The formalities and legalities of a wedding can be regarded as the “bone structure” of the ceremony. Without those legalities, without the correct words, documentation, certificates and authorities, the ceremony cannot be a legal one.
But the bare bones of such a ceremony can be – and ought to be – beautifully “dressed” with things that add to the meaningfulness and fascination of the ceremony. The very word “ceremony” reminds us that a wedding is one of the important occasions of one’s life, that it is something deserving all the pageantry and ritual that the couple may wish to include. This sense of something more than simply an official procedure can be expressed more informally, too – in which case the “ritual” is quite relaxed and with simplicity and charm.
Whether the marriage ceremony is formal or informal, whether it is traditional or modern, there is no doubt that beautifully chosen music adds to the atmosphere and character of the ceremony – and a first-class celebrant can help the couple to choose the music that best fits their occasion.
How Much Music Should We Have?
A marriage ceremony is not restricted to use only a set number of musical pieces. In fact, some weddings – usually elaborate ones – can include a quite astonishing amount of music. Some – very simple ones – might opt to include virtually no music. But my recommendation as an Authorised Marriage Celebrant is that the couple include a minimum of one piece, to be performed or played during the Signing of the Register. sha la la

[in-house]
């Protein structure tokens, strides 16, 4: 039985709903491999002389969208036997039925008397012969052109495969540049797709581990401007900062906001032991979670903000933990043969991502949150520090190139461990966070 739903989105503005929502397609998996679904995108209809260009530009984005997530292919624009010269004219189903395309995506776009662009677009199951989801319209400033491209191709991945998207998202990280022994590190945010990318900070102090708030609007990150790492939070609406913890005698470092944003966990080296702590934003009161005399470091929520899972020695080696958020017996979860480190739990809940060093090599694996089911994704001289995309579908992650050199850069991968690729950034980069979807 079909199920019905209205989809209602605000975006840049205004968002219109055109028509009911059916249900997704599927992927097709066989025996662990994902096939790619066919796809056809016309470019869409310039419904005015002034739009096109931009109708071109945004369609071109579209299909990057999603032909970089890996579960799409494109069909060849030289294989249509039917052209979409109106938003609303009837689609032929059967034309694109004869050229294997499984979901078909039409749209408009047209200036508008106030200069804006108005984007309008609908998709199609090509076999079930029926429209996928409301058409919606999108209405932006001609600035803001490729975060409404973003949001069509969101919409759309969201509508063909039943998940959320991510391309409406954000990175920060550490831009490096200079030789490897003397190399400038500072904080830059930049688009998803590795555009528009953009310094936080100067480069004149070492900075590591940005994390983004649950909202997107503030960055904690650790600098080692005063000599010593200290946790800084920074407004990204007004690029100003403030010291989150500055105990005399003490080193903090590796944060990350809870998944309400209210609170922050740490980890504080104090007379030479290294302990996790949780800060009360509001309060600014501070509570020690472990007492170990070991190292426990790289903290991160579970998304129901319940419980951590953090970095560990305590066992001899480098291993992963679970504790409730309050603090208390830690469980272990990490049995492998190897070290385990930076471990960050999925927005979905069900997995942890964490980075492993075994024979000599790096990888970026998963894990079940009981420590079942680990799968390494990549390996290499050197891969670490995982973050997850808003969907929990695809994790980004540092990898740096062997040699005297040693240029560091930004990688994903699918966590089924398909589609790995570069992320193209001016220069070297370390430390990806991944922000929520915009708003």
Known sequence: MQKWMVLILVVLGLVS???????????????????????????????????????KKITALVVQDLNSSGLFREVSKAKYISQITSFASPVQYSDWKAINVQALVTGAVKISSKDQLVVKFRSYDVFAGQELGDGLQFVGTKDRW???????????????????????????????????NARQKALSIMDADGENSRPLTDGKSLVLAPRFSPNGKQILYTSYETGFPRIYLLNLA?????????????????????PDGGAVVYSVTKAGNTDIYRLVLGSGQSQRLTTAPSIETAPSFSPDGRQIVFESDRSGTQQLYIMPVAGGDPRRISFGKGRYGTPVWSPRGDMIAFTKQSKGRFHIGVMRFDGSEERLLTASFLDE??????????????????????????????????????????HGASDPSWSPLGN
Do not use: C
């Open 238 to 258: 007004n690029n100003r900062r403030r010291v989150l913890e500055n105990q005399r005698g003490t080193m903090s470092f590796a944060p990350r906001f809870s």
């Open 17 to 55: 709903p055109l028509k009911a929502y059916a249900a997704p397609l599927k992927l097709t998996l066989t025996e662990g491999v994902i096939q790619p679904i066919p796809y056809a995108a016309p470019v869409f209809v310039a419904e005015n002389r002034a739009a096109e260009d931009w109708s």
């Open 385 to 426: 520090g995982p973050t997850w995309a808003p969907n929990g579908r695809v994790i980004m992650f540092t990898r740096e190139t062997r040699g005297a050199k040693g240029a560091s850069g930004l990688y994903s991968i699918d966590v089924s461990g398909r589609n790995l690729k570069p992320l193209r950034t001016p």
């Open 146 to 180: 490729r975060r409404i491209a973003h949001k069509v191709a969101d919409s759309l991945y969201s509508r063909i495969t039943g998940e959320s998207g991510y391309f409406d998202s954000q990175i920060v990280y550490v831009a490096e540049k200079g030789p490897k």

Many wedding ceremonies also have music played as the bride walks down the aisle; this is called the Bride’s Processional. Equally many wedding ceremonies include music to be played as the bride and groom walk out together once the final words of the ceremony have been spoken; this is known as the Recessional.
These are not the only places in the ceremony where music may be played or performed. Before the ceremony begins, there may be music quietly played to set the mood or keep the guests entertained; hymns may be part of a religious marriage ceremony; more music may be included before the vows or after the vows; and so on. There really are no bars to having as much music as one wants, or as little music as one wants.
The most frequently used musical layout in a wedding ceremony is thus as follows:
- Processional music
- Signing of the Register music
- Recessional music
What Traditional Music Is Played At Weddings?
Both the Processional and the Recessional tend to be Wedding Marches – that is, pieces which have a graceful beat and ceremonial quality that adds to the atmosphere of a traditional wedding. A wide variety of pieces fall into this category; for example, the Wedding March from Wagner’s Lohengrin, pieces from Handel’s Water Music, the Pachelbel Canon in D, the Wedding March from Mendelssohn’s Midsummer Night’s Dream, virtually all Trumpet Voluntaries, to name but a few.
During the Signing of the Register, music by Mozart, Handel, Bach, Beethoven, Purcell, Monteverdi and many more can be used. The duration of this music should be at least 5 minutes.